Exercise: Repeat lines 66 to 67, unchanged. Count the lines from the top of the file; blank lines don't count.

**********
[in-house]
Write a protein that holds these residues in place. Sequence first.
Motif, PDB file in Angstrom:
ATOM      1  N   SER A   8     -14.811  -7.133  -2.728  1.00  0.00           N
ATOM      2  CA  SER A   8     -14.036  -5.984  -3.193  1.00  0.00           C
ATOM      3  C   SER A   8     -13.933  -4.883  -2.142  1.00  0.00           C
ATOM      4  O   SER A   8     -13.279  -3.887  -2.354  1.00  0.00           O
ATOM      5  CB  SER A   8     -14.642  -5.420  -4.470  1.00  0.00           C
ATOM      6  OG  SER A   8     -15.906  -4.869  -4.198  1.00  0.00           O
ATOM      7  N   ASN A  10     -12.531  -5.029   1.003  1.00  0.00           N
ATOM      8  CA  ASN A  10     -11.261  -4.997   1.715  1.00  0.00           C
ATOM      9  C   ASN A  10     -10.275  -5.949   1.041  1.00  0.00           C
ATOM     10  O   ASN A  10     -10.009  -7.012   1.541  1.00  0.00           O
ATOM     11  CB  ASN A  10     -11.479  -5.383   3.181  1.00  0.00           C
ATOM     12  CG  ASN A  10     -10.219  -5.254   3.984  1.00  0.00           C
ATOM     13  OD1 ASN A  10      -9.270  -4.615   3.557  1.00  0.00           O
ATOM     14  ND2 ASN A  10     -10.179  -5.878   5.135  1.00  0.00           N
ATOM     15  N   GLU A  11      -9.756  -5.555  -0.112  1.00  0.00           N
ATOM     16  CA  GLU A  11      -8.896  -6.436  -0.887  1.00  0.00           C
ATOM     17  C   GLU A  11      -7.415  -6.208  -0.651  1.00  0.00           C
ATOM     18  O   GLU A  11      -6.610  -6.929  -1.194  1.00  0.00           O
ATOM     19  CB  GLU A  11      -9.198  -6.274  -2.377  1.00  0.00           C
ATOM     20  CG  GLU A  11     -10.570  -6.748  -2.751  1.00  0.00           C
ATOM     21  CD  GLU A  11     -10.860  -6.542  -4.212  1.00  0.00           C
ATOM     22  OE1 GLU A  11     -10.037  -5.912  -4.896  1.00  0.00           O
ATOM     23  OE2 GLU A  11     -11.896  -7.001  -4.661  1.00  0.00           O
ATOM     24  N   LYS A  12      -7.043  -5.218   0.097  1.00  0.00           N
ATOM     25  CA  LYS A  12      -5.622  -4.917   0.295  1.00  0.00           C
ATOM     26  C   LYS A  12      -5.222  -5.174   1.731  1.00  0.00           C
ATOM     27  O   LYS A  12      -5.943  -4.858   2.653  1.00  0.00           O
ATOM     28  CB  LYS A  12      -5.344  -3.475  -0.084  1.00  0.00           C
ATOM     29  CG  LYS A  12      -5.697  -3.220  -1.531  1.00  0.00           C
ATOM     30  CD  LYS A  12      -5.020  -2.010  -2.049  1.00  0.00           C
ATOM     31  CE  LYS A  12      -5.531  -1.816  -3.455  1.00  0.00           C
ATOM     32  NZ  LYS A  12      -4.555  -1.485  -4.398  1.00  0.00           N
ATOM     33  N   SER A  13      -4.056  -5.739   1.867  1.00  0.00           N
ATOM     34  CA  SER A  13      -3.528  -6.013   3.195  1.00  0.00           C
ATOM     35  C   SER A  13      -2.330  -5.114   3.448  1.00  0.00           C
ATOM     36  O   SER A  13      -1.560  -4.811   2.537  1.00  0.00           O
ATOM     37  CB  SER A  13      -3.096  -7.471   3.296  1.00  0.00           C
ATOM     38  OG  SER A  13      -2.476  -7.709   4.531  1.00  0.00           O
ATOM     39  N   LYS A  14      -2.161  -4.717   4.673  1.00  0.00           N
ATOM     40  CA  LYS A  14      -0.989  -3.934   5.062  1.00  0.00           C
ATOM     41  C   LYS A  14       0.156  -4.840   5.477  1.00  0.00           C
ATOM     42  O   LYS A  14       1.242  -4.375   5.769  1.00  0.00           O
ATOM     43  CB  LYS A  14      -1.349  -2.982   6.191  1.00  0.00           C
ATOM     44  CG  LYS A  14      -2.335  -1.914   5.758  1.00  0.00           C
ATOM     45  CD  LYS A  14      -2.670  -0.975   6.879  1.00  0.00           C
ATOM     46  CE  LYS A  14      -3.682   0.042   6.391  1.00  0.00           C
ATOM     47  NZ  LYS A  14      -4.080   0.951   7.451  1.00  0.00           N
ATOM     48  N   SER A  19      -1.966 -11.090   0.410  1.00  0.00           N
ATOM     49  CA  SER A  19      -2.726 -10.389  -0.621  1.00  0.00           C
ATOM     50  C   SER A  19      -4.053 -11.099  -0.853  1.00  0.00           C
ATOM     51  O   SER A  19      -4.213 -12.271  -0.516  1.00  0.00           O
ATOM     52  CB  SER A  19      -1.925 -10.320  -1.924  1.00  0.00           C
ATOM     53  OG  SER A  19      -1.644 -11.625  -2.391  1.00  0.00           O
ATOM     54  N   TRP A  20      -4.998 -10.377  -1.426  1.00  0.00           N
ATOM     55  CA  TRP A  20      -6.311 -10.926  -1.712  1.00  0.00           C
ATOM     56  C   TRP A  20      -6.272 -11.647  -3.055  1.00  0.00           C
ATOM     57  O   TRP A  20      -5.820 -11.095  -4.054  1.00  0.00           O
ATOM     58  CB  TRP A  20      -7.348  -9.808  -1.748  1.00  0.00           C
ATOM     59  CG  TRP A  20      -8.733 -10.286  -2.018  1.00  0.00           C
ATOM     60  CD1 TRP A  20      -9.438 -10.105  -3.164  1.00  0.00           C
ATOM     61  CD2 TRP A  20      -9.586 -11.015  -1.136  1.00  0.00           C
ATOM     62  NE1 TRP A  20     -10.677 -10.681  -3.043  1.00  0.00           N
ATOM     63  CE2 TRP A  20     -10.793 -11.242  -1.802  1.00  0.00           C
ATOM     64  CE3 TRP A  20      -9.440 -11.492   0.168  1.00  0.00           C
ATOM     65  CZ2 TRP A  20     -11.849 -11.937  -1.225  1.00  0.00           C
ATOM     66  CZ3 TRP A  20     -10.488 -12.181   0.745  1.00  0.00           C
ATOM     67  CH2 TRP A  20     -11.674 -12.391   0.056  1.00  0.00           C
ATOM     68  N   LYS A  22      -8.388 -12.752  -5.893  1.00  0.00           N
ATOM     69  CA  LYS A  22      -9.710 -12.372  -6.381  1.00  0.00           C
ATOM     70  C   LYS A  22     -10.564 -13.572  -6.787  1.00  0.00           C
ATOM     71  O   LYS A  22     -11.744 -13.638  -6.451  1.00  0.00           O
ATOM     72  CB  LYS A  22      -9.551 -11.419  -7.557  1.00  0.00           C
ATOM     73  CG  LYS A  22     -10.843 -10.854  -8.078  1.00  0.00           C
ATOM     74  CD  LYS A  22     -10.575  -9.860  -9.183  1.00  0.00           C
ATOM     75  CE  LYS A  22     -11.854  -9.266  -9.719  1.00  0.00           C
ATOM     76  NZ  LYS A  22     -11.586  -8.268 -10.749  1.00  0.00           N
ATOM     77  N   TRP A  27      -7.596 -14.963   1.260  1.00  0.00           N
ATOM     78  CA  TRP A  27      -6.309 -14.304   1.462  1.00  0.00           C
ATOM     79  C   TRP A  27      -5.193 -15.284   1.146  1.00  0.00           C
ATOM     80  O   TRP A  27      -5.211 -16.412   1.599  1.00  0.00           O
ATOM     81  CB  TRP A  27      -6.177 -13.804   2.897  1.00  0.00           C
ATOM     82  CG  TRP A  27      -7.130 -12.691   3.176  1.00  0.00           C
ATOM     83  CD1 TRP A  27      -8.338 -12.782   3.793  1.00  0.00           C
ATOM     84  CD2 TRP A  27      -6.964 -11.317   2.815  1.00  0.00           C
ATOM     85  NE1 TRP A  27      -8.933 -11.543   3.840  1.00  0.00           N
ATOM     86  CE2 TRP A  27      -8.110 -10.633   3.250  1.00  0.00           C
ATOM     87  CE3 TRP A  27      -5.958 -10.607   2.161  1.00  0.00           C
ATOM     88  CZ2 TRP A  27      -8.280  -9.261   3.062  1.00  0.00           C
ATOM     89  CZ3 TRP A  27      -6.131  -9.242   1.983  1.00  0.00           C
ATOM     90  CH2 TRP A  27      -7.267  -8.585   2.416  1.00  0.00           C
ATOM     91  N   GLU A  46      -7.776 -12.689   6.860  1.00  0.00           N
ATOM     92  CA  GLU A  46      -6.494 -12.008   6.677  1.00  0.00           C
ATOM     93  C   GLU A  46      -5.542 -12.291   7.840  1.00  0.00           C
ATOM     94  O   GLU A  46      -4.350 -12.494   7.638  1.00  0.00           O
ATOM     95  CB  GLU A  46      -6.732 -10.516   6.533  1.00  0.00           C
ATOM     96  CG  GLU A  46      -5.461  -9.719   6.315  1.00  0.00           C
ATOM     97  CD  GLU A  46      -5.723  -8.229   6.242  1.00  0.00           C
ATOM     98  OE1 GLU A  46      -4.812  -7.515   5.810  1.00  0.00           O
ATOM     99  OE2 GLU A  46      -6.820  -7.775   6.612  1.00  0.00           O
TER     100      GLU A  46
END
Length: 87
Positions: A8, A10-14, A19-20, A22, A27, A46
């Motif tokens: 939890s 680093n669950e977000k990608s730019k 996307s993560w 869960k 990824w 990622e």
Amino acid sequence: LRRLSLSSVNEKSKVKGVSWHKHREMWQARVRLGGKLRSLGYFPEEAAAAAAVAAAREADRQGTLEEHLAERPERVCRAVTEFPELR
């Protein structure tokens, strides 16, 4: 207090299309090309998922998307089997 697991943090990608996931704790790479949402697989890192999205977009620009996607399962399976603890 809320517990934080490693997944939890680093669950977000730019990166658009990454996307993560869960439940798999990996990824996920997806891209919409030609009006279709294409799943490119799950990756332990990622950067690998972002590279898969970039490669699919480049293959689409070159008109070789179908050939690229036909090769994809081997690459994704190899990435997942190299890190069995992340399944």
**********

ATOM     63  CE2 TRP A  20     -10.793 -11.242  -1.802  1.00  0.00           C
ATOM     64  CE3 TRP A  20      -9.440 -11.492   0.168  1.00  0.00           C